A claim by a wife that a guarantee by her of her husband’s debts should be set aside …
In the Supreme Court matter of Greentown Bellambi Pty Ltd v Wong  NSWSC 872, which was before his Honour, Justice Ball it was argued by the defendant the guarantee was unconscionable and should be set aside.
Briefly, the facts of the case were that, after a long running dispute and as part of a settlement of a claim by the plaintiff against Mr Wong and others, Mr Wong’s wife, Liza Noi Kiu Wong guaranteed the payment of the settlement sum. Mrs Wong did not argue that she gave the guarnatee or that the amount claimed was incorrect, but rather, she claimed that the guarnatee should be set aside because it was unconscionable.
In order for the guarantee to be set aside on unconscionable grounds, Mrs Wong was required to prove the following:
1. that she gave the guarantee under the actual duress of her husband or that she did not understand the document;
2. that she did not gain anything from giving the guarantee; and
3. that the plaintiff did not take steps to explain the guarantee to her or take steps for a stranger to explain the guarantee to her.
Mrs Wong did not claim actual undue influence. However, she argued that she did not understand the guarantee, that she left all matters of business to her husband, that she gained nothing from giving the guarantee and that the document was not explained to her.
Based on the evidence before the Court, his Honour found that the plaintiff appreciated that Mrs Wong did not benefit from the guarantee and reposed trust and confidence in her husband. For these reasons, the plaintiff insisted that she receive independent legal advice in relation to the guarantee. Mr Wong informed the plaintiff that his wife would be advised about the guarantee by the in-house counsel of his companies, Ms Kok. Ms Kok was a lawyer permitted to practice in Malaysia but did not have a practicing certificate in New South Wales. Ms Kok informed Mrs Wong of her circumstances and that she could not advise on the guarantee. Mrs Wong said that she was happy to proceed and signed the guarantee which was witnessed by Ms Kok.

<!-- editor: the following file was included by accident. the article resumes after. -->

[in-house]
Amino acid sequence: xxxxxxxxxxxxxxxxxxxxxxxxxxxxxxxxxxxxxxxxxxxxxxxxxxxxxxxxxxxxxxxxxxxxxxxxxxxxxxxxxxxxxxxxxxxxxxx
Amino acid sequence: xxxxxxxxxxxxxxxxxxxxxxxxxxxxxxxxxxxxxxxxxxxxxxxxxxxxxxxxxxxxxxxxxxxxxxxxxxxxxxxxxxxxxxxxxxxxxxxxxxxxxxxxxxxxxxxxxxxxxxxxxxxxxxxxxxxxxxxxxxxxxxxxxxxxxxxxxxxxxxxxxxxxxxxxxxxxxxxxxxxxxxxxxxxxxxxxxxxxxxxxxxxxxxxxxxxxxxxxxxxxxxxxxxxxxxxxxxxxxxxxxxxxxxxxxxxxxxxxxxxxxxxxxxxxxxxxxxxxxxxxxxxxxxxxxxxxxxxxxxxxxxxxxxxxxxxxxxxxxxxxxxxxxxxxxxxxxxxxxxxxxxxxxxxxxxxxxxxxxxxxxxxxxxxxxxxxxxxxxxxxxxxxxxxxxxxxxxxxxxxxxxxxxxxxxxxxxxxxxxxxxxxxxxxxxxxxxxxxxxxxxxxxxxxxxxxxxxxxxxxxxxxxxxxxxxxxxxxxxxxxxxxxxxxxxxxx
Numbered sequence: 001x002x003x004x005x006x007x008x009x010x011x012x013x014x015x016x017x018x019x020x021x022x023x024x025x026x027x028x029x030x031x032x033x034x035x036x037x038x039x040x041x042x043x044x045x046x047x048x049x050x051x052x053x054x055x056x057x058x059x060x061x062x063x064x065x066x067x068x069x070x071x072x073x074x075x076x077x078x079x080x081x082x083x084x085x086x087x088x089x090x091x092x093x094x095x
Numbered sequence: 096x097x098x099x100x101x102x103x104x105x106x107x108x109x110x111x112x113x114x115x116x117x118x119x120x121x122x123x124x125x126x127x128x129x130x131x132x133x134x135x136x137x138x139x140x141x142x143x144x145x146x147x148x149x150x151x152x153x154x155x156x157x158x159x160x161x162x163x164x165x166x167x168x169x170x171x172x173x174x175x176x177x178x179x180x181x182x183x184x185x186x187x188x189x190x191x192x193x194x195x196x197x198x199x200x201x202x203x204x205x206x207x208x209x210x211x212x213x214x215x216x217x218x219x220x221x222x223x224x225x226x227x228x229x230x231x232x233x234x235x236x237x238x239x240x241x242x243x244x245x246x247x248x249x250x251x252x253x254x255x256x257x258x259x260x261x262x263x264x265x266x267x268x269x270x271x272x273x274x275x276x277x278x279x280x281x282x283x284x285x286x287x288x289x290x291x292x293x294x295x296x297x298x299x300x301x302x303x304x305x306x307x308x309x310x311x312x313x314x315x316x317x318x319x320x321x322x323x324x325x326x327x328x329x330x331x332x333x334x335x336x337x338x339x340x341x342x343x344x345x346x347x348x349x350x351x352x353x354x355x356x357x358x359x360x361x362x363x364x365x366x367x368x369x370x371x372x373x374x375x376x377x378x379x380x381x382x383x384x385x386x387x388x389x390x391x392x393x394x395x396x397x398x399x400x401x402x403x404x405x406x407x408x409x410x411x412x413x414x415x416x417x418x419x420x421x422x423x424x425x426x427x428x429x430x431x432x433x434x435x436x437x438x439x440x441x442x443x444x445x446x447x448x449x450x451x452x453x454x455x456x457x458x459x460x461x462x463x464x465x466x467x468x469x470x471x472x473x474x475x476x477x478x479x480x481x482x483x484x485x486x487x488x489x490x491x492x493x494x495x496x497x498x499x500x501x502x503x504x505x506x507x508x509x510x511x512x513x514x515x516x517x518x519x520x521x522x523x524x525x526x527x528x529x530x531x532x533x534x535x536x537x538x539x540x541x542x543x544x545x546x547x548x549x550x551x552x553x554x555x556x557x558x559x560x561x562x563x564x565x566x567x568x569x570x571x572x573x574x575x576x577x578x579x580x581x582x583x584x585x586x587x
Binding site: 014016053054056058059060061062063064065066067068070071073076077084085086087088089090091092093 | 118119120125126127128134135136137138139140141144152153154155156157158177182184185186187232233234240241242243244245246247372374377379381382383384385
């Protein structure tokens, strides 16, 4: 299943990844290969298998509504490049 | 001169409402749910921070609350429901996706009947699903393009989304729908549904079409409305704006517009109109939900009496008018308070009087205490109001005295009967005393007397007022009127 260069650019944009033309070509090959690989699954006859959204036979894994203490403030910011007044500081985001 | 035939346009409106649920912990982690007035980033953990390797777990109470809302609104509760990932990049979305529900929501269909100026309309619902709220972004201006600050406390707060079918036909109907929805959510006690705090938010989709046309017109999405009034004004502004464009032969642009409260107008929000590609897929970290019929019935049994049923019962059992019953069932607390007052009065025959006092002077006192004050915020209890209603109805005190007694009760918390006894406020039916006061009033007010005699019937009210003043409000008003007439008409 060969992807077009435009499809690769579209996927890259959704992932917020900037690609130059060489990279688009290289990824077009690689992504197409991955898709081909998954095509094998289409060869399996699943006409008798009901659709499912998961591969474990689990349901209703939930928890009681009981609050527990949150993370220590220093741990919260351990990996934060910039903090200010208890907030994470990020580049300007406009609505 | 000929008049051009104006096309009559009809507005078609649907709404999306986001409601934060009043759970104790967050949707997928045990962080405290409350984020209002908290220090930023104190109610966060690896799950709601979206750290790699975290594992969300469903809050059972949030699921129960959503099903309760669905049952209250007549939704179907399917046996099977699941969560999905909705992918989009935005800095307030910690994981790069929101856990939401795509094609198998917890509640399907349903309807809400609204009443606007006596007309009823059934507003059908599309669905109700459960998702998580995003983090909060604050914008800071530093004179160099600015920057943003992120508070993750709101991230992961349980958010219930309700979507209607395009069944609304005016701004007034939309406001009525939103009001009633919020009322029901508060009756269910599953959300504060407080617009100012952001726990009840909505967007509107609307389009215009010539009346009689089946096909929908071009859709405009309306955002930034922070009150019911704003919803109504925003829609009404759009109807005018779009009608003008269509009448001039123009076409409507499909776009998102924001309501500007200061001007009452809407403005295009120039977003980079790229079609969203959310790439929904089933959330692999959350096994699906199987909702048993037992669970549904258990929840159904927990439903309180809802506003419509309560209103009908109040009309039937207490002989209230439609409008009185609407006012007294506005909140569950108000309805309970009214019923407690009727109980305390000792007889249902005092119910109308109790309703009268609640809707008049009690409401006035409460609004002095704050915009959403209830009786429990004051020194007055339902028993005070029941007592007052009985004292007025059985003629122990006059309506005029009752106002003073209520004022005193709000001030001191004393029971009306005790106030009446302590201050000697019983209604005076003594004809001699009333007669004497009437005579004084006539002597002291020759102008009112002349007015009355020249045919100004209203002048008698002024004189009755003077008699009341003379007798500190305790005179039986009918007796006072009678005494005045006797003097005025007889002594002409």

His Honour rejected Mrs Wong’s defence and concluded that the plaintiff had no way of knowing of Ms Kok’s status and there was no reason for them to make additional inquiries in this regard. The plaintiff was successful and judgment was entered against Mrs Wong for in excess of $15,000,000.
COVID-19 update: relief for retail and commercial tenants …
On 13 August 2021, the New South Wales government extended relief for retail and commercial tenants from 20 August 2021 to 13 January 2022 and reinstated mandate rent relief. Additionally, a freeze on rent increases was also imposed until January 2022.
Should any of our newsletter readers require any further information in respect of the mandate rent relief or other legal areas do not hesitate to contact Peter Jackson at firstname.lastname@example.org or Costin Stan at email@example.com..